The Sky at Einstein's Feet

Front Cover
Springer, 2006 - Science - 246 pages
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The insights of relativity have illuminated a century of astronomical discovery, often going beyond the phenomena that Einstein lived to see. This book shows, in nonmathematical ways, how deeply these ways of viewing the Universe have informed our interpretations of it, and how many of the amazing discoveries of these decades have made sense only as part of Einstein's universe. The author brings together the ways in which we see the bizarre effects of relativity played out on a cosmic scale. None of this is particularly new to practicing astronomers, but much has yet to be seen outside technical journals. The presentation avoids mathematics (except for the most famous equation in all of physics!), and is designed to be accessible to the interested public. Gravitational lenses, the visible effects of light-travel delays, the search for black holes, the ways relativity in atomic nuclei makes stars shine, are all treated. In many cases, some of the principals are still alive and provided new commentary on the discoveries. Numerous illustrations are newly produced from data in the archives of such observatories as Hubble and Chandra.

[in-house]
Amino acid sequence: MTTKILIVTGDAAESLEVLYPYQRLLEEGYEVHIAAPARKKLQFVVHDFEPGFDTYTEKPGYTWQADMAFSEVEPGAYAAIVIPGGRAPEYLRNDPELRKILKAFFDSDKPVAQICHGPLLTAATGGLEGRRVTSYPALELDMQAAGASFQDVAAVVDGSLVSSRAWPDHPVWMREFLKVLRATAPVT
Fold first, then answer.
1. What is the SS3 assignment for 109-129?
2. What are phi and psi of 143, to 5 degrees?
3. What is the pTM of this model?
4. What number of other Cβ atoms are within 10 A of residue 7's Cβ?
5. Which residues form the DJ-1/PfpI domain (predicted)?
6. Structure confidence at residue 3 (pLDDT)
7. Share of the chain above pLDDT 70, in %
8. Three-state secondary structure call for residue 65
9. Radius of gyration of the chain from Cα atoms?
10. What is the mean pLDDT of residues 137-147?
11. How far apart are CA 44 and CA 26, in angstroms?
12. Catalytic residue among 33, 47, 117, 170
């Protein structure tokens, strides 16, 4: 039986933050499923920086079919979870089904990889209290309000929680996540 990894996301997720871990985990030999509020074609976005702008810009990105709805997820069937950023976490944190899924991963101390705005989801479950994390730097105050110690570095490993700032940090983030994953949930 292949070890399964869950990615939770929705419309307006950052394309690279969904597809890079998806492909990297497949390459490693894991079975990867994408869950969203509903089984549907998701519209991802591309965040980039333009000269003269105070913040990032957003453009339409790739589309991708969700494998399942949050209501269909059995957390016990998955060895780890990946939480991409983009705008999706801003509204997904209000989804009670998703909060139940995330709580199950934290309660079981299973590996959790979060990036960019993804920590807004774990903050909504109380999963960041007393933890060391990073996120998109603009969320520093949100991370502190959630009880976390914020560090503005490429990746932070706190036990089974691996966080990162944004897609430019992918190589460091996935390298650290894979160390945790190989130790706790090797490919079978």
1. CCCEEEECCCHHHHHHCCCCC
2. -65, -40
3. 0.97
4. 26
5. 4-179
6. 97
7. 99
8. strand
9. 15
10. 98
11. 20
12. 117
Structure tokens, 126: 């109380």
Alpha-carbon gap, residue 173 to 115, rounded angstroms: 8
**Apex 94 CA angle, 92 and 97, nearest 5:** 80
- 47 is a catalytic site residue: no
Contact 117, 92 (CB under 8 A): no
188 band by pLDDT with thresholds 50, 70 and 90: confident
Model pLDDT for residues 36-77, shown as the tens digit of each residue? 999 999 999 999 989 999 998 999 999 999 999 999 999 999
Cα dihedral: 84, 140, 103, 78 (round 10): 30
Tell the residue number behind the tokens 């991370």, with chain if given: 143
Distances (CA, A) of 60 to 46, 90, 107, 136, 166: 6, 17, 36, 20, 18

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About the author (2006)

Bill Keel, the author of The Road to Galaxy Formation (Springer-Praxis 2002), has been involved in many areas of extragalactic astronomy, and for the last 18 years has worked at the University of Alabama. Of particular relevance to this book is his study of gravitational lensing since 1980, early calculations on microlensing of quasars, and an ongoing Hubble survey for gravitational lensing effects in silhouetted galaxies as a constraint on massive dark-matter candidates. His experience in serving on 16 NASA review committees for various space-astrophysics missions and higher-level programmatic issues has broadened his view of relativity in astronomy triggering the idea for this book.